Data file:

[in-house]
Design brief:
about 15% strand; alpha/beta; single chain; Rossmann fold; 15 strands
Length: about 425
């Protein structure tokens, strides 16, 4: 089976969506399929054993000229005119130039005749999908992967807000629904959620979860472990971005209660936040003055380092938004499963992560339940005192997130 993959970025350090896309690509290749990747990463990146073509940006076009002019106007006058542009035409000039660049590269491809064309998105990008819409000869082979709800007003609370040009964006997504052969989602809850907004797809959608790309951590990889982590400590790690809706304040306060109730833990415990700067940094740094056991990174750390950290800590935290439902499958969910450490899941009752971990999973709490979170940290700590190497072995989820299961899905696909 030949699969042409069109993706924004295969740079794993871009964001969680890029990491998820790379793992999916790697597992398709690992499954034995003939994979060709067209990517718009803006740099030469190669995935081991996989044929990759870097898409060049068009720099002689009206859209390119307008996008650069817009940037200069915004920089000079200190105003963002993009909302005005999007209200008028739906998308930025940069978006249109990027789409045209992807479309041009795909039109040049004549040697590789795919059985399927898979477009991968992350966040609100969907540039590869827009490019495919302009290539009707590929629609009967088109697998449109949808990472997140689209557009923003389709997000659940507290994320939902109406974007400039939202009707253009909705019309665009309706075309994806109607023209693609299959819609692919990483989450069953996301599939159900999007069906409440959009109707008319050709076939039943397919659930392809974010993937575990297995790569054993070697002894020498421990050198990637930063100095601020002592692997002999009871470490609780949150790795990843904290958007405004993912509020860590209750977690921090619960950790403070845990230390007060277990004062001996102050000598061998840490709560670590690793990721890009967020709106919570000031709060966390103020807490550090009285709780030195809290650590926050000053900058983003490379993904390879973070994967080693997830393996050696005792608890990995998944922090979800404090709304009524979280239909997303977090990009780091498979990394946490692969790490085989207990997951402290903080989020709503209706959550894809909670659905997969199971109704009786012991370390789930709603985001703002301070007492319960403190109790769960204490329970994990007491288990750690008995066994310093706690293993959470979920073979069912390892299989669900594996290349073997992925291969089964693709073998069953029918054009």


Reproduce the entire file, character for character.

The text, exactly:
[in-house]
Design brief:
about 15% strand; alpha/beta; single chain; Rossmann fold; 15 strands
Length: about 425
């Protein structure tokens, strides 16, 4: 089976969506399929054993000229005119130039005749999908992967807000629904959620979860472990971005209660936040003055380092938004499963992560339940005192997130 993959970025350090896309690509290749990747990463990146073509940006076009002019106007006058542009035409000039660049590269491809064309998105990008819409000869082979709800007003609370040009964006997504052969989602809850907004797809959608790309951590990889982590400590790690809706304040306060109730833990415990700067940094740094056991990174750390950290800590935290439902499958969910450490899941009752971990999973709490979170940290700590190497072995989820299961899905696909 030949699969042409069109993706924004295969740079794993871009964001969680890029990491998820790379793992999916790697597992398709690992499954034995003939994979060709067209990517718009803006740099030469190669995935081991996989044929990759870097898409060049068009720099002689009206859209390119307008996008650069817009940037200069915004920089000079200190105003963002993009909302005005999007209200008028739906998308930025940069978006249109990027789409045209992807479309041009795909039109040049004549040697590789795919059985399927898979477009991968992350966040609100969907540039590869827009490019495919302009290539009707590929629609009967088109697998449109949808990472997140689209557009923003389709997000659940507290994320939902109406974007400039939202009707253009909705019309665009309706075309994806109607023209693609299959819609692919990483989450069953996301599939159900999007069906409440959009109707008319050709076939039943397919659930392809974010993937575990297995790569054993070697002894020498421990050198990637930063100095601020002592692997002999009871470490609780949150790795990843904290958007405004993912509020860590209750977690921090619960950790403070845990230390007060277990004062001996102050000598061998840490709560670590690793990721890009967020709106919570000031709060966390103020807490550090009285709780030195809290650590926050000053900058983003490379993904390879973070994967080693997830393996050696005792608890990995998944922090979800404090709304009524979280239909997303977090990009780091498979990394946490692969790490085989207990997951402290903080989020709503209706959550894809909670659905997969199971109704009786012991370390789930709603985001703002301070007492319960403190109790769960204490329970994990007491288990750690008995066994310093706690293993959470979920073979069912390892299989669900594996290349073997992925291969089964693709073998069953029918054009």